You see me here, eating a simple stew

  Me, slave to no desire, except for one:

  World-conquest.  That is all I want.  From you

  I have but one request: give me your sons.


Hitler’s folksy image – like that of many leaders today – is destroyed by Brecht, who makes it into an image of sheer cannibalism.  There is an echo here of the work of Brecht’s contemporary, John Heartfield, the great German Communist artist, who used photomontage to produce vitriolic images showing the inherently violent nature of fascism.




  But when we sighted the red walls of Moscow

  People appeared from farm and factory

  And they repelled us in the name of every people

  Even the people back in Germany.


Though the picture is of Soviet partisans, the voice speaking here is that of the German soldiers of the Nazi invasion force.  Brecht gives ordinary Germans a voice in many of these epigrams, making a clear distinction between the men and their leaders.  The repeated word “people” acts as a refrain, reminding us the commonality of the oppressed.  The poem raises the revolutionary idea that being defeated militarily by the “enemy” socialist state was in the soldiers’ own interests.




  Alas, poor Yorrick of the burnt-out tank!

  Upon an axle-shaft your head is set.

  Your death by fire was for the Domei Bank

  To whom your parents are still in debt.


This grotesque photo from Life February 1st 1943 has an original caption of its own:  “A Japanese soldier’s skull is propped up on a burned-out Jap tank by U.S. troops.  Fire destroyed the rest of the corpse.”  The use of the word “Jap” here reveals the triumphalism of this image.  By addressing the head directly as a fellow human being, Brecht restores its dignity, echoing Hamlet’s sympathetic speech on mortality addressed to the skull of Yorrick.  The inflated rhetoric of the Shakespeare, followed by the high-flown word-order of “Upon an axle-rod your head is set”, is punctured by the blunt down-to-earth “burnt-out tank”  and “axle-shaft”.  This is no pompous war memorial inscription.  In the final lines, Brecht provides an explanation, something the bourgeois press photo avoids - a concise analysis of the brutal workings of capitalism.  In doing so he reminds us movingly that the head was once a human being, with parents, who have lost doubly under capitalism.  Our feeling is, finally, not the passivity and completeness of pity, but anger, which is as alive and unfinished as the banks’ power, and which demands action.



  A summer day was dawning near Cherbourg

  A man from Maine came crawling up the sand

  Supposedly against men from the Ruhr

  In fact against the men of Stalingrad.


This is a terse, direct reminder of the Western allies’ fear and hatred of Communism – always their long-term enemy, more worrying to them than the fascist threat, which they only confronted with reluctance.  Years of appeasement had been followed by the phoney war, and the opening of a second front had been delayed in the hope that the Nazi invasion of Russia would destroy Soviet power.  D-day began the race for Berlin, whose aim was principally to stop socialism gaining ground in Europe.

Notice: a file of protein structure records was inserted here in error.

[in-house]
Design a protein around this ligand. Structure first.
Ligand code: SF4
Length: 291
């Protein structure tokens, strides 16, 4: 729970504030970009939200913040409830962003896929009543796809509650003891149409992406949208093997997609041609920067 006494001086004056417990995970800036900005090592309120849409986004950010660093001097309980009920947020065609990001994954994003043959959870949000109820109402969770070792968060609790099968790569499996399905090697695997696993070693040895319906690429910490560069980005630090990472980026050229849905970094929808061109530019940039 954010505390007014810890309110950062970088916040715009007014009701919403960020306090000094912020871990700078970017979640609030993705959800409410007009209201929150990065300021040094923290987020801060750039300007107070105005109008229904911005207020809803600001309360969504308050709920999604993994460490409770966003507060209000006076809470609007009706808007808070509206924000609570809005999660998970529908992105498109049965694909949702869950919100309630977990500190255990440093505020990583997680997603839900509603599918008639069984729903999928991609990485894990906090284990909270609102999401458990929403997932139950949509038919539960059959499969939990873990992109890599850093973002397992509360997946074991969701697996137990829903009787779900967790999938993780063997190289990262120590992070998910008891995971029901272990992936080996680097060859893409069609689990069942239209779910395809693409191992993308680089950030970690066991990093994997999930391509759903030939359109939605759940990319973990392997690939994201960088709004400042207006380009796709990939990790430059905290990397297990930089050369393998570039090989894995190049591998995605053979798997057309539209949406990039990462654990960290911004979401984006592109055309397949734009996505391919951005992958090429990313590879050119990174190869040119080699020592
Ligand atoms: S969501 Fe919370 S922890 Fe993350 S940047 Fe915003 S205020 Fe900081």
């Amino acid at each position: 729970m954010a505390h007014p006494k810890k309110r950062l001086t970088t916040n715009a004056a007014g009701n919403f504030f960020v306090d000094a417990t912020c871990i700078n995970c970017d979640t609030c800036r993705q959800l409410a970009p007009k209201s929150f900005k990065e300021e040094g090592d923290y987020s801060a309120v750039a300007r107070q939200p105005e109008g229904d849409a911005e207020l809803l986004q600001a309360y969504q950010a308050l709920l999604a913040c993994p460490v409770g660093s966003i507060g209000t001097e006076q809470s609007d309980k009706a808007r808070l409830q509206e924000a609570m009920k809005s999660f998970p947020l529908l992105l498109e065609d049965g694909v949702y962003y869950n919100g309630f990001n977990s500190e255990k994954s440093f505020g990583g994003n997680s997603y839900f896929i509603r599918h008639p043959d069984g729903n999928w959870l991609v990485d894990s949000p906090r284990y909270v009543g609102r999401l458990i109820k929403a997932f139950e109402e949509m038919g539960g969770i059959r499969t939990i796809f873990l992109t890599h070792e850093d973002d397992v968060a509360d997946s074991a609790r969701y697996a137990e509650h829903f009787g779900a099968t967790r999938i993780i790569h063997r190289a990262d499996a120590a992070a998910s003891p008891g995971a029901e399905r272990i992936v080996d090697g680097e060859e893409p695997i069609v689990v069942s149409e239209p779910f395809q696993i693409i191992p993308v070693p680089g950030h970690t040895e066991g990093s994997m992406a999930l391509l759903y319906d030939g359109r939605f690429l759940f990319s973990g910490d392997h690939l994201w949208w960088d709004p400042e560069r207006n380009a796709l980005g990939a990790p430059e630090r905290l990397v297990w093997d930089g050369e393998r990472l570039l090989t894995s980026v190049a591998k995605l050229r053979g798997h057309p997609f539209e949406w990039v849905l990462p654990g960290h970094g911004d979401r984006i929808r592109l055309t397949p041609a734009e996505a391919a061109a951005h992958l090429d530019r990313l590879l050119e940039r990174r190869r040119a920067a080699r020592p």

Worn out by battle, if you only had

  Sufficient strength now for yourselves to fight

  The world, in death- and birth-pangs, would be glad

  It took the pains that led to your defeat.


As with epigram 39 above, this poem reminds us that the German working class is not the enemy.  If the ordinary soldiers fought for their own class interests they would confront the ruling class – which would make the suffering of the war worthwhile.  The phrase “in death- and birth-pangs” encapsulates the revolutionary hope of the defeat of the old order and the start of a new era of struggle for socialism.



  Never forget that men like you got hurt

  So you might sit there, not the other lot.

  And now don’t hide your head, and don’t desert

  But learn to learn, and try to learn for what.


This photograph – intended for a later book Peace Primer - was taken from an East German photographic archive.  Brecht’s epigram can also be found as the third verse of his poem ‘To the Students of the Workers’ and Peasants’ Faculty’.  The opening appears conventional, a plea to modern youth to remember and be grateful to those who laid down their lives for their sake - except that the ordinary, spoken tone of “not the other lot” undermines the usual bourgeois notion of war memorials, where class is never mentioned, and speaks directly to the students of the GDR on their level.  The last two lines take us suddenly into a complex thought about the process of education itself, the relationship of the present peace to the recent war.  Peace shouldn’t lead to ivory-tower scholarship (hiding your head) or forgetting there are still sides to take (deserting), but should be about developing a class perspective on history and politics.  The repetition of “learn”, three times in a single line urges us to think for ourselves, with the last phrase, as so often in these poems, containing the key point - not an answer, only the injunction to the students, and to us, to work out why we need to know, to understand.

War Primer, edited by John Willet, is published by Libris, 10 Burleigh Road, London NW5 1UE.